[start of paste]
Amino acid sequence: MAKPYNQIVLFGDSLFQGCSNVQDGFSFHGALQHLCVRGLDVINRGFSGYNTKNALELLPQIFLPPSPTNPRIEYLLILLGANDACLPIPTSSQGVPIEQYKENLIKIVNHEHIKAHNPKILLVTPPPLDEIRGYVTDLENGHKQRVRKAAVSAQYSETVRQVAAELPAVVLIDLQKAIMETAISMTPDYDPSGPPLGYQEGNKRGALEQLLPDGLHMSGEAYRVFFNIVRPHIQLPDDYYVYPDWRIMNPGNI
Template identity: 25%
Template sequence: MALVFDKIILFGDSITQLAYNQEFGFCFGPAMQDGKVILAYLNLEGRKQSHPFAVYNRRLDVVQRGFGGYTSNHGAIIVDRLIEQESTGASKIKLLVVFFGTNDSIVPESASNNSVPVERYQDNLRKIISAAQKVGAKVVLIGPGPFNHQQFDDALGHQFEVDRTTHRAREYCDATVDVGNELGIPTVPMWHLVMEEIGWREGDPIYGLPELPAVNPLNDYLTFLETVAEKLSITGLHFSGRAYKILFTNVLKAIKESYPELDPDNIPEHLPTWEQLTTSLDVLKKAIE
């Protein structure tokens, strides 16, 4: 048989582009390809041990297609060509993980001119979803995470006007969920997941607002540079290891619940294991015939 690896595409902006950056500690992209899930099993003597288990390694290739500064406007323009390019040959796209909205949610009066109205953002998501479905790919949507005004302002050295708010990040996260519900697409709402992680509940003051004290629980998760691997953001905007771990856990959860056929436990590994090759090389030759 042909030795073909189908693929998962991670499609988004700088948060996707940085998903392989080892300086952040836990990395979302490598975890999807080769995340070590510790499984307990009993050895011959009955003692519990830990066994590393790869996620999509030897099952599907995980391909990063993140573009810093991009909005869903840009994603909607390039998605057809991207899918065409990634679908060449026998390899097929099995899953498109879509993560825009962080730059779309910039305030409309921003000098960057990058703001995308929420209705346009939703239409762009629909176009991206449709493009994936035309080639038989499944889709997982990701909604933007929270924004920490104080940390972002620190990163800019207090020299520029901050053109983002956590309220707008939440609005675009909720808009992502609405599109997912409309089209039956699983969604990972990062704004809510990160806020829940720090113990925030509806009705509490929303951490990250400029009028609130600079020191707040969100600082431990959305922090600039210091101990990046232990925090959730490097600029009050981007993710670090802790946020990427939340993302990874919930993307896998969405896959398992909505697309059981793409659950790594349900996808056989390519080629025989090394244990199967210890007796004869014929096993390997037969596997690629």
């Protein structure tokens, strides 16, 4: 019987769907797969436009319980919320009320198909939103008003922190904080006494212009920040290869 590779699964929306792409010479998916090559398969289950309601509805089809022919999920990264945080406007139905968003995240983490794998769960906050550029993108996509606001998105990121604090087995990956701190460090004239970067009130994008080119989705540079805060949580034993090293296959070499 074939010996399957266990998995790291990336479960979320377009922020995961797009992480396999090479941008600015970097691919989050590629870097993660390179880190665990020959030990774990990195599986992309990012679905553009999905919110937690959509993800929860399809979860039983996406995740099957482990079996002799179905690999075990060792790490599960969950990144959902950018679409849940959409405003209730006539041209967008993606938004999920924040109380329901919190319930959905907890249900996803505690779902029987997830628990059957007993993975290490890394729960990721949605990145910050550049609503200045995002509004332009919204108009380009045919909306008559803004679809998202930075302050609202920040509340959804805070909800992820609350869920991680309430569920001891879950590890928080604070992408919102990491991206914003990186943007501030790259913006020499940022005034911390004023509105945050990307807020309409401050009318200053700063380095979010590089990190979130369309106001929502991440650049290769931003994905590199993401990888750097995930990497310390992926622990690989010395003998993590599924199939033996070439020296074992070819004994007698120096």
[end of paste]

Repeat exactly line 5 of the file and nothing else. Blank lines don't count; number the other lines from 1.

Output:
């Protein structure tokens, strides 16, 4: 019987769907797969436009319980919320009320198909939103008003922190904080006494212009920040290869 590779699964929306792409010479998916090559398969289950309601509805089809022919999920990264945080406007139905968003995240983490794998769960906050550029993108996509606001998105990121604090087995990956701190460090004239970067009130994008080119989705540079805060949580034993090293296959070499 074939010996399957266990998995790291990336479960979320377009922020995961797009992480396999090479941008600015970097691919989050590629870097993660390179880190665990020959030990774990990195599986992309990012679905553009999905919110937690959509993800929860399809979860039983996406995740099957482990079996002799179905690999075990060792790490599960969950990144959902950018679409849940959409405003209730006539041209967008993606938004999920924040109380329901919190319930959905907890249900996803505690779902029987997830628990059957007993993975290490890394729960990721949605990145910050550049609503200045995002509004332009919204108009380009045919909306008559803004679809998202930075302050609202920040509340959804805070909800992820609350869920991680309430569920001891879950590890928080604070992408919102990491991206914003990186943007501030790259913006020499940022005034911390004023509105945050990307807020309409401050009318200053700063380095979010590089990190979130369309106001929502991440650049290769931003994905590199993401990888750097995930990497310390992926622990690989010395003998993590599924199939033996070439020296074992070819004994007698120096």